Building Static Sites with Node.js and Wintersmith

How to build your first static site with the Wintersmith generator.

When I’ve spoken on the topic or even when I posted my recent guide to getting started with Jekyll, the question I always get is if there is a comparable static site generator to Jekyll that is built with JavaScript and available on npm. The reason people cite is that they aren’t comfortable with Ruby and thus have trouble when they encounter problems with Jekyll or are unable to customize it completely to their needs. Well, there’s good and bad news.

First, the bad news… I have found nothing comparable to Jekyll in terms of overall features, documentation and community. Now I don’t know every engine out there, but, so far, there’s nothing that even comes close to fully matching Jekyll.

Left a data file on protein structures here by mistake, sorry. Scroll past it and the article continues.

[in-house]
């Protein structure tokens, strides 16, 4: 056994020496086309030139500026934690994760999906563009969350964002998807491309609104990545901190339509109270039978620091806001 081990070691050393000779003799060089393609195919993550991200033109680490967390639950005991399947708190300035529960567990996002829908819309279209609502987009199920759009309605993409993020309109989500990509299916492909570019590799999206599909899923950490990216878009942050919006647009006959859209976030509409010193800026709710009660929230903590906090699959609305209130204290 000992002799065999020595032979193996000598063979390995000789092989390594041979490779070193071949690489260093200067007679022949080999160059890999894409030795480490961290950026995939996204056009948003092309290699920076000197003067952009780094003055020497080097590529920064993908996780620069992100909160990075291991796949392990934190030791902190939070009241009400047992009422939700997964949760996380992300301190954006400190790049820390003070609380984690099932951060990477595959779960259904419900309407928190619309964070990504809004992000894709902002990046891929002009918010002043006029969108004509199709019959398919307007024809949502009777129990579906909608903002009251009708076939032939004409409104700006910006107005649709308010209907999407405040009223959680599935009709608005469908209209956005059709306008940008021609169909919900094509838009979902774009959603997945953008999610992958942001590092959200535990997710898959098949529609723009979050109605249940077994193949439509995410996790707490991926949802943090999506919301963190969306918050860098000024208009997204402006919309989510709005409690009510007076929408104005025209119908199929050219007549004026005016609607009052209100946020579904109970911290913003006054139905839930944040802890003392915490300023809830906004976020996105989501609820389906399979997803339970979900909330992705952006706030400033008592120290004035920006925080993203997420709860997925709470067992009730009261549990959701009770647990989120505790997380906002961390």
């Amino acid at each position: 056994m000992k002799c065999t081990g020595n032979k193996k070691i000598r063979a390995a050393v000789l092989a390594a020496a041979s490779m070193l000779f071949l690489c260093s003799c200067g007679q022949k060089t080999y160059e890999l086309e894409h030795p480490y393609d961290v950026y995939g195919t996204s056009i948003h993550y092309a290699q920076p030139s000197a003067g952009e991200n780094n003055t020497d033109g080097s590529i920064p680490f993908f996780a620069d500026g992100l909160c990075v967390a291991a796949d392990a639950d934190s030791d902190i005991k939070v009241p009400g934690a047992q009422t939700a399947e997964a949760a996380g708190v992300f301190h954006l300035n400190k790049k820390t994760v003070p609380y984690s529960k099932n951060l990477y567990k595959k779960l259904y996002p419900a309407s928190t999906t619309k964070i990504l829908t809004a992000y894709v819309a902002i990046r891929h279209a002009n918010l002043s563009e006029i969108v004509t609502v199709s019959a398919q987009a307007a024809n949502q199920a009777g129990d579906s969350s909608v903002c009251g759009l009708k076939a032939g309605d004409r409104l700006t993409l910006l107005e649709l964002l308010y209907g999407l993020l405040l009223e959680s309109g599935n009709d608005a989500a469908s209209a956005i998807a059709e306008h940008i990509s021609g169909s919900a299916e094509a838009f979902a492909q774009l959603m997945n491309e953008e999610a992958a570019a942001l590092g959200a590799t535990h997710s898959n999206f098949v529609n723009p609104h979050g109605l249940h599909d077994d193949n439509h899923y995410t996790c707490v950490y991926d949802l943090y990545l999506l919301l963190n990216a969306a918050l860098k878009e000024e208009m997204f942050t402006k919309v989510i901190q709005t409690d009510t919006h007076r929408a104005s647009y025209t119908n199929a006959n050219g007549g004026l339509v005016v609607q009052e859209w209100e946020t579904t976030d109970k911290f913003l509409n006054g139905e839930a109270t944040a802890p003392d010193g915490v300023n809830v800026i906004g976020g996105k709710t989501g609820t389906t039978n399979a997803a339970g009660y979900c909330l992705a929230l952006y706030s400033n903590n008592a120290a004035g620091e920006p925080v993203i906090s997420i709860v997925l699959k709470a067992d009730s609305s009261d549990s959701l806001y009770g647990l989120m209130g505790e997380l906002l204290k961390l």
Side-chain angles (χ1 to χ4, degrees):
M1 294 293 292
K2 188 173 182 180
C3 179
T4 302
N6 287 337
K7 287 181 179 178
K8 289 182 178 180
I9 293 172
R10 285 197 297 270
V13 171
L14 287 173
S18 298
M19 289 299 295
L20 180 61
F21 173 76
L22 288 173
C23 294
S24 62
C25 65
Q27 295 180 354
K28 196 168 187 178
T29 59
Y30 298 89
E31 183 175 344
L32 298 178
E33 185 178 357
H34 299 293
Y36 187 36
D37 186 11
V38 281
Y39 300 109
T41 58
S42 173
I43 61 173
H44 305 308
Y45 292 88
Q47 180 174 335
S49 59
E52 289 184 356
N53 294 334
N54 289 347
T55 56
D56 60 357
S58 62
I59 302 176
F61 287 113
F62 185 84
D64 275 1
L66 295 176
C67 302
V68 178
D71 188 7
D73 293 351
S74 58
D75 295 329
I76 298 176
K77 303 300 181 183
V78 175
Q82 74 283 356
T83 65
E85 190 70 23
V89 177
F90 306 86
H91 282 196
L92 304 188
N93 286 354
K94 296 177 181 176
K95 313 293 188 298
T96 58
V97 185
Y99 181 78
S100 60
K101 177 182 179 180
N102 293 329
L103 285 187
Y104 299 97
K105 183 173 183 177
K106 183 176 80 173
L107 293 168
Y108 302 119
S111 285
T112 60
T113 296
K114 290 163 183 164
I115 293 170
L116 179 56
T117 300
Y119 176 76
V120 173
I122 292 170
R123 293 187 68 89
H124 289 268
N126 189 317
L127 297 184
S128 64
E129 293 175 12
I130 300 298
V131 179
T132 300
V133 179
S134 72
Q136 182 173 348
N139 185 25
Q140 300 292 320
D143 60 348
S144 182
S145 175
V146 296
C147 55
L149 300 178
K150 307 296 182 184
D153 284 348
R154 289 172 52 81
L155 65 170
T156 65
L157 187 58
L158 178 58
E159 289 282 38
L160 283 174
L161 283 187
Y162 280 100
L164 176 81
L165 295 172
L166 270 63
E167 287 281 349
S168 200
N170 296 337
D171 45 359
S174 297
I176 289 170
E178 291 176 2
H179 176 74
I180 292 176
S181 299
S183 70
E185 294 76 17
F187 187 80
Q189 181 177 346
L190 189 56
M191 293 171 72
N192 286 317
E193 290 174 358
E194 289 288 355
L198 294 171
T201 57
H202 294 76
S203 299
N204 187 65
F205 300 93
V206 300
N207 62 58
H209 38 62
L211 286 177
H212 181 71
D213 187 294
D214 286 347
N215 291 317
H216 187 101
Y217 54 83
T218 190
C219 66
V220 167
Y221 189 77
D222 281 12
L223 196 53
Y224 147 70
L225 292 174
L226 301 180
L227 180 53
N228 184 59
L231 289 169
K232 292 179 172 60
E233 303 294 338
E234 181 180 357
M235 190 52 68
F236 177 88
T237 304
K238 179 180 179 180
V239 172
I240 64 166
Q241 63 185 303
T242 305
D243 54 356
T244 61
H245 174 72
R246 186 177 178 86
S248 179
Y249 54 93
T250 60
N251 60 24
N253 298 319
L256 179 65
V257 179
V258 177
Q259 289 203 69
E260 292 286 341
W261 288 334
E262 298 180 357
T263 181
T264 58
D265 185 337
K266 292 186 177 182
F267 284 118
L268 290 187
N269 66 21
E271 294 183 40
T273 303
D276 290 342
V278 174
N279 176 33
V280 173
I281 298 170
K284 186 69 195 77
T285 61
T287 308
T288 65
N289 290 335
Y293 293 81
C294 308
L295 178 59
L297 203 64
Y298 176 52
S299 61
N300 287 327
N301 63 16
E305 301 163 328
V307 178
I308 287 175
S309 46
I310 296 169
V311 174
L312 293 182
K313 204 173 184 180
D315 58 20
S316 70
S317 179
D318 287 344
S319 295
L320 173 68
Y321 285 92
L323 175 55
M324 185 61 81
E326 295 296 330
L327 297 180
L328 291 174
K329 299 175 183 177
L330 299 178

The good news, however, is that I found Wintersmith to be a viable Jekyll replacement. It has a lot of the key features and is extensible. Plus, there are a reasonable amount of extensions out there for it already. On the other hand, the documentation is awful (let’s be honest) and the community is small. So, if you run into a problem, you’re stuck reviewing the source code. On the upside, I found the source code is pretty self-explanatory when I needed to rely on it.

Given the lack of a good getting started guide in the Wintersmith documentation, I wrote a two-part series for Sitepoint that walks you through the entire process of building a site. It follows the same exact format of my Jekyll guide covering everything from installation to templating, creating posts, custom metadata and custom data.

The source code for the example is part of my Static Site Samples GitHub project which also includes the aforementioned Jekyll sample as well as examples for Harp and Middleman.